Before you read this post, I encourage you to visit Elaine Stock’s blog to see how God used my sin to show me of the true meaning of Easter.
As you contemplate on Christ’s death and prepare to celebrate His resurrection, I invite you to meditate on 2 Philippians. I’ve been camped out in this chapter this week. I’d love to memorize it. More than that, I long to live it. But as you may notice if you read the above referenced post, most days I fall painfully short. But like Paul, I refuse to give up. Instead, I press on to possess that perfection for which Christ Jesus first possessed me. (Phil. 3:12)
Philippians 2:1-11 (NLT)
1Is there any encouragement from belonging to Christ? Any comfort from His love? Any fellowship together in the Spirit? Are your hearts tender and compassionate? 2 Then make me truly happy by agreeing wholeheartedly with each other, loving one another, and working together with one mind and purpose.
3 Don’t be selfish; don’t try to impress others. Be humble, thinking of others as better than yourselves.4 Don’t look out only for your own interests, but take an interest in others, too.
5 You must have the same attitude that Christ Jesus had.
6 Though He was God,
He did not think of equality with God
as something to cling to.
7 Instead, He gave up his divine privileges;
He took the humble position of a slave
and was born as a human being.
When He appeared in human form,
8 He humbled Himself in obedience to God
and died a criminal’s death on a cross.
This is a hard passage to live, one I doubt anyone this side of heaven will ever truly master. But when we think of what Christ did on the cross, our love compels us to try. Stop and meditate on verse one. Stop and think of all Christ did for you. Envision Him on the cross, giving His life for you. For me.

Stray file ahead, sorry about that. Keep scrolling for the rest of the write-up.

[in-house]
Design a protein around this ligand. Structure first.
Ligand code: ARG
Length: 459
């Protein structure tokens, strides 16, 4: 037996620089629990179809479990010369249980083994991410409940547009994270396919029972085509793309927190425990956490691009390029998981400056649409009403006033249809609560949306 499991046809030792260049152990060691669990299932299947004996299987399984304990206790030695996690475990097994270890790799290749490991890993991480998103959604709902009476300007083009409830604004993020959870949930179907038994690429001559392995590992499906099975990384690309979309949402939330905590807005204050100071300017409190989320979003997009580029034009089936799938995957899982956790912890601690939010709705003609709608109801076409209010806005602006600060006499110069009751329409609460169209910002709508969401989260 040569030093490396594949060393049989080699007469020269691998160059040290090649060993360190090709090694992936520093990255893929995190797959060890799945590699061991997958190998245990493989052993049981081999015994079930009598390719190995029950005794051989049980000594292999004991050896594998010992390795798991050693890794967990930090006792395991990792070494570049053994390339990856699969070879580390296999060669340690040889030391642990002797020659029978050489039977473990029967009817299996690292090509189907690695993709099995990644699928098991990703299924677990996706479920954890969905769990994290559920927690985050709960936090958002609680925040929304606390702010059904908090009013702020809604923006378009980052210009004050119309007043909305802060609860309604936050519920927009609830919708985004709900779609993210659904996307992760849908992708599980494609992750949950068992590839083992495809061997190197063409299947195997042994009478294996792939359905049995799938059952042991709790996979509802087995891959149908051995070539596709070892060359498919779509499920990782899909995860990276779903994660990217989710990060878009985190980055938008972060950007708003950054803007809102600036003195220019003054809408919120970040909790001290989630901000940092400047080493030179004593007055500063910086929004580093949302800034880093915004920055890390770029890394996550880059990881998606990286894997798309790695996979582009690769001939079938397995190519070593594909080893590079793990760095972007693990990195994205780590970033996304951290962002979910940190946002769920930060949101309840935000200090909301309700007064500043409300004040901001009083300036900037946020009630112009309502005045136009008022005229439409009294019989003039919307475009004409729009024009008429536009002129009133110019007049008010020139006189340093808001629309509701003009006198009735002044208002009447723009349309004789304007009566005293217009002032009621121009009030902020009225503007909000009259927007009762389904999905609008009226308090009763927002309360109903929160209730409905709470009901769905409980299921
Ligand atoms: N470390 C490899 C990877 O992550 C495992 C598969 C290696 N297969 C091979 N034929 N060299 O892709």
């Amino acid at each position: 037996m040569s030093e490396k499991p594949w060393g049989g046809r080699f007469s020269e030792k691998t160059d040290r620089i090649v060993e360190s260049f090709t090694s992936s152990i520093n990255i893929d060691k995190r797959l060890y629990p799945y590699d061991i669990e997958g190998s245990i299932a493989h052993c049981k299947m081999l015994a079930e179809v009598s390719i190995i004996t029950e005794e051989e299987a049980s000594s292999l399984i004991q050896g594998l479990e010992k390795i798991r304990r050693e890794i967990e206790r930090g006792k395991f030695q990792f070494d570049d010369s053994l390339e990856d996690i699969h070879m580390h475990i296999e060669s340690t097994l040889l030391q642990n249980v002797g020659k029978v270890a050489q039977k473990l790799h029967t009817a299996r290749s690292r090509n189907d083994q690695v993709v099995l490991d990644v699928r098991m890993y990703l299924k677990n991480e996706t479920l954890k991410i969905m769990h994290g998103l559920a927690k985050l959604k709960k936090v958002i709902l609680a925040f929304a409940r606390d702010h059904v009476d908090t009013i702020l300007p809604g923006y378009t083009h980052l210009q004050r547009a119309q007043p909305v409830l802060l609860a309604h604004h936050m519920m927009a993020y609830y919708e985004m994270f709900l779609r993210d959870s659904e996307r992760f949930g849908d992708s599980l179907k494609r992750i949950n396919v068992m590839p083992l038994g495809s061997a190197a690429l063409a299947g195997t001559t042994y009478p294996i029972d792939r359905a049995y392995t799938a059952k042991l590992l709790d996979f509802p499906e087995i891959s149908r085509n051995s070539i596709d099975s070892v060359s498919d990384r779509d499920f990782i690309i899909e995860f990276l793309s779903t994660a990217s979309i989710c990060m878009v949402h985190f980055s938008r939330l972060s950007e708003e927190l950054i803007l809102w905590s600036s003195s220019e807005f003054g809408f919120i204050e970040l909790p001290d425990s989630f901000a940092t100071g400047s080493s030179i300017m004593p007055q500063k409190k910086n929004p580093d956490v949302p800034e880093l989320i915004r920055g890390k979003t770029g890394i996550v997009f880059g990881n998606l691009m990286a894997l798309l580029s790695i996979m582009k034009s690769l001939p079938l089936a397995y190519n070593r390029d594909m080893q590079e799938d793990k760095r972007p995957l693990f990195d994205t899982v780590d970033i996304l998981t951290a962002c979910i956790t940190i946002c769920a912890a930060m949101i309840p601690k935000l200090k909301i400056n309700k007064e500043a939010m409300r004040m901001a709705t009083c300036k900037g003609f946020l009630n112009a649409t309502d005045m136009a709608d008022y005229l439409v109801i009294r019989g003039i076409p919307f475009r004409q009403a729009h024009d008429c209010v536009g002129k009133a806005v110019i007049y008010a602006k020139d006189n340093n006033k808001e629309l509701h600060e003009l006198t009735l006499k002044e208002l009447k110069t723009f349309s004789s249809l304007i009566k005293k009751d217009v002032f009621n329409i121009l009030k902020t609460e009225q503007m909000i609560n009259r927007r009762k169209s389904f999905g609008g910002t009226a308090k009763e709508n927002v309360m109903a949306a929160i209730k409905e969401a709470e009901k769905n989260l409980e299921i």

So that we could have peace with God and one another. The biblical term “peace” has a much deeper meaning than what we tend to give it. When we think of peace, we think in terms of the absence of outward conflict, but shalom, the Hebrew word scholars translate as peace means so much more!
Shalom is about wholeness, completeness, a sense of setting all things right. God desires His children to be united (Phil 2:2). When something happens to disrupt that unity, His desire is that we would do what we can to restore it.
This Easter, as you celebrate Christ’s death and resurrection, evaluate your relationships in terms of God’s shalom. Is there anything God might be calling you to do? Will you obey?
23 “Therefore, if you are offering your gift at the altar and there remember that your brother or sister has something against you, 24 leave your gift there in front of the altar. First go and be reconciled to them; then come and offer your gift.
Let’s talk about this!
Join us at Living by Grace as we talk about ways to seek and practice shalom. Then come back Monday as I continue my Reach Out to Live Out Campaign with a story shared by a man who showed compassion to a stranger. (Click here and scroll down to find out more about the campaign and how you can get involved.)
Want to learn more about shalom and biblical conflict resolution? Here are some additional resources:
Shalom and the Poverty of Relationships (This article talks about shalom, how it applies to relationships, our view of man, and the poor.)